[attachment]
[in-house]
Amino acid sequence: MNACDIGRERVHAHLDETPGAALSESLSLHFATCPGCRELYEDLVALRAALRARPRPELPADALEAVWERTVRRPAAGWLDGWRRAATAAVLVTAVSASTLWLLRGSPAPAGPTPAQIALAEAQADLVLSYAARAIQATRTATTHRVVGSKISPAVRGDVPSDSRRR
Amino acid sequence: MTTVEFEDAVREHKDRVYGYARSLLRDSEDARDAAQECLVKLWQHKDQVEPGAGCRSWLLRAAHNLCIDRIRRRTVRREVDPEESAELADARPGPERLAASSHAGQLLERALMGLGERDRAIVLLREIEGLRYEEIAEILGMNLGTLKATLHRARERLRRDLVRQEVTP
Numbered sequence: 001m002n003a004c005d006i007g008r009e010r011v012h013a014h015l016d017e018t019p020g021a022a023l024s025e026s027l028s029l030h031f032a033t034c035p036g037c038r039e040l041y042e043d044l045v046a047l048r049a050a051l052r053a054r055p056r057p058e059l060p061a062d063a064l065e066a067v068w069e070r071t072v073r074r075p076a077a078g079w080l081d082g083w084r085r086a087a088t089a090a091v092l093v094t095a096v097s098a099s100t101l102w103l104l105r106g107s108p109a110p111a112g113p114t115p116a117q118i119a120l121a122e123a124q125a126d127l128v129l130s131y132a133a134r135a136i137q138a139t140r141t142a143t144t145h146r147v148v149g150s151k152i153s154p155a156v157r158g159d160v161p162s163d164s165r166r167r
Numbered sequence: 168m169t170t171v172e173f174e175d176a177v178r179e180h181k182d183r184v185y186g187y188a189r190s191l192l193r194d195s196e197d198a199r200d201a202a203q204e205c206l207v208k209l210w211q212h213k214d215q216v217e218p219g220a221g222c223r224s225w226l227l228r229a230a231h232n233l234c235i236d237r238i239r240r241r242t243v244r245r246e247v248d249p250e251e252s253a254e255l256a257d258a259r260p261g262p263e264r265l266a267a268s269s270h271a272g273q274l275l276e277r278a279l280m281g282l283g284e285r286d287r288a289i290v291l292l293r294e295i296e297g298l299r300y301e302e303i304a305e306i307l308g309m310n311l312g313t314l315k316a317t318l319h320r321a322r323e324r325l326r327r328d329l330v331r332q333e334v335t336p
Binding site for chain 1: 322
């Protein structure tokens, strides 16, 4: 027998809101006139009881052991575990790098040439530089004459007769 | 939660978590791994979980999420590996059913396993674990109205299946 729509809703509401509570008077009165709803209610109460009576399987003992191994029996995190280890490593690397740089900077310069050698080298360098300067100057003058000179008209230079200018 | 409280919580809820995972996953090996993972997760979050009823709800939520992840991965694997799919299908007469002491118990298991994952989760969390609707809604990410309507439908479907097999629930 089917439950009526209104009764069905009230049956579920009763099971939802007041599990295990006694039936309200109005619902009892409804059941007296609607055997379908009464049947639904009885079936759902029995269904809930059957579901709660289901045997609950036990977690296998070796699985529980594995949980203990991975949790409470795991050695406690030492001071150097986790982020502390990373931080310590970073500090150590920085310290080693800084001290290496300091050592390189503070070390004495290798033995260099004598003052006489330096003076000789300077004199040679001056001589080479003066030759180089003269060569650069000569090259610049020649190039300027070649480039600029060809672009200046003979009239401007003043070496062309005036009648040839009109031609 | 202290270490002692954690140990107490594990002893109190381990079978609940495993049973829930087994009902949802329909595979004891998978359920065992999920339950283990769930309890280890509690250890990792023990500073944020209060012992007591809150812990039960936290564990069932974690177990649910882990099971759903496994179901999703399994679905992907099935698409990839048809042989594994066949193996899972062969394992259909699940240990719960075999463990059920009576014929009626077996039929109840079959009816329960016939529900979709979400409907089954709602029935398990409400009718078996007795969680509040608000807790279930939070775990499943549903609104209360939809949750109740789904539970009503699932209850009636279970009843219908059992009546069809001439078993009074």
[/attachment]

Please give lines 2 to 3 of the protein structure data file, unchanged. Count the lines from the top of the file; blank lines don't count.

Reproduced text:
Amino acid sequence: MNACDIGRERVHAHLDETPGAALSESLSLHFATCPGCRELYEDLVALRAALRARPRPELPADALEAVWERTVRRPAAGWLDGWRRAATAAVLVTAVSASTLWLLRGSPAPAGPTPAQIALAEAQADLVLSYAARAIQATRTATTHRVVGSKISPAVRGDVPSDSRRR
Amino acid sequence: MTTVEFEDAVREHKDRVYGYARSLLRDSEDARDAAQECLVKLWQHKDQVEPGAGCRSWLLRAAHNLCIDRIRRRTVRREVDPEESAELADARPGPERLAASSHAGQLLERALMGLGERDRAIVLLREIEGLRYEEIAEILGMNLGTLKATLHRARERLRRDLVRQEVTP